We’re at the butterfly show at the Cincinnati Krohn Conservatory. This year the butterflies are from Brazil.
We get our tickets inside a big white tent decorated with three large chandeliers made from recycled bottles and bubble wrap. I read in my pamphlet, “Making useful things from recycled materials is a popular art form in Brazil.”
We walk through the orchid room and past the window to the butterfly nursery. You can see a catepillar here,
and chrysalises waiting in a glass aquarium. When the butterflies hatch they will be moved to the main showroom.
These are a second kind of chrysalis hanging on a stick inside a glass aquarium.
We have to enter an airlock to get into the main show room. We go through one set of doors and wait until they close and then are allowed through the second set of doors into the room of butterflies. The Conservatory is being very careful not to allow the foreign butterflies into our environment.
We are now in a large greenhouse filled with plants native to Brazil, people of all ages milling about, and butterflies galore.
Orange-striped tiger ones,
red, black and white ones,
graceful orange ones,
and very large spotted ones. If you look closely there are actually two types of spotted ones here. The ones on the left are a beautiful blue when they spread their wings.
You can the blue here as the butterfly flaps its wings.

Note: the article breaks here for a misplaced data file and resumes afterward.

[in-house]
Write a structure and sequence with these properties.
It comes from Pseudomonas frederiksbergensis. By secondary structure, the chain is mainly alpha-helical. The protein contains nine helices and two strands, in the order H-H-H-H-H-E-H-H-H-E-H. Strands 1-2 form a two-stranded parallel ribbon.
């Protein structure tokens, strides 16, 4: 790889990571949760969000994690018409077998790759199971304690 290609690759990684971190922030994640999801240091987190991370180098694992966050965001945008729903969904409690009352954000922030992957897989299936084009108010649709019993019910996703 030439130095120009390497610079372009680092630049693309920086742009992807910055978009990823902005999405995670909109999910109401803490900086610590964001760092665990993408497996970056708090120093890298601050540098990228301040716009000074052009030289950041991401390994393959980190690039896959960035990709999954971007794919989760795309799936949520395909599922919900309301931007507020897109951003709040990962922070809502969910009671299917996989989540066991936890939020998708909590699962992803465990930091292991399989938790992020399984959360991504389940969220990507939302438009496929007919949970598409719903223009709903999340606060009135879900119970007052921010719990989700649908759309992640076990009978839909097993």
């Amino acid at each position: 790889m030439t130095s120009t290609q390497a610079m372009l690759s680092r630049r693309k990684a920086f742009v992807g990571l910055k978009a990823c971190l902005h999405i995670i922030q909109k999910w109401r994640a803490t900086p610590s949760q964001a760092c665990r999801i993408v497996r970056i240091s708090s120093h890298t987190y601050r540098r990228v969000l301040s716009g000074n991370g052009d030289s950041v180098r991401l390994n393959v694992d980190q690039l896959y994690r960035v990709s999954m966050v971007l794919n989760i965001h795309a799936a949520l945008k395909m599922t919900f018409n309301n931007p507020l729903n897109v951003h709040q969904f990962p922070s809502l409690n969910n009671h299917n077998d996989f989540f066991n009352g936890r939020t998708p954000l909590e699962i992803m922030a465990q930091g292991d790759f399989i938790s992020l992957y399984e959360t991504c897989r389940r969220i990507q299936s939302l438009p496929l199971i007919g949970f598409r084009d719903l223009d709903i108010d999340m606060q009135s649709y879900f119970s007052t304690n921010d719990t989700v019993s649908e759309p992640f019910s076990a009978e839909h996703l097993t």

Children are running around with little foam pads trying to catch the butterflies.
Even the large ones will allow themselves to be held in this way.
Some butterflies are so friendly they land right on you. This blue one is attracted to my husband Mark’s shirt shortly after we enter the room.
My son attracted this large one. I’m not sure how I would feel about that. You might notice that the wing is torn. Although we were instructed to be gentle with the butterflies and allow them to walk onto our hands, or fingers, it is obvious that some of them did not fare well in this environment.
This woman catches one of the beautiful blue ones. These blue butterflies look magical as they flit about the room. They are very fast and look like shooting blue lights as they fly around. I desperately want to capture one with my camera.
Usually their wings are folded when they land and you can’t see the blue.
I need to photograph one in flight.
But they are fast little buggers and most of my photos look like this, only sans partial butterfly.
I stand still with my camera pointed in the direction where I see the blue butterflies and shoot aimlessly hoping one might pass through the view of my camera when I snap a shot.
This is an elusive butterfly. I decide to take a video, but quickly discover how loud the voices are in this greenhouse with children actively engaged in capturing butterflies.
Oh look. I almost got one.
I wish I knew the names of the beautiful butterflies I see, but alas, I don’t.
The lifespan of these colorful little creatures is quite short. They’re beautiful, but fragile.
People of all ages are charmed by them. This is my 20-year-old son.
I read in my pamphlet that the Conservatory held special photographing events before hours for an extra fee. Once again too late. The butterfly show closes this weekend.
I do the best I can to shoot around the people and above the noise,
and record these beautiful brief little lives for eternity.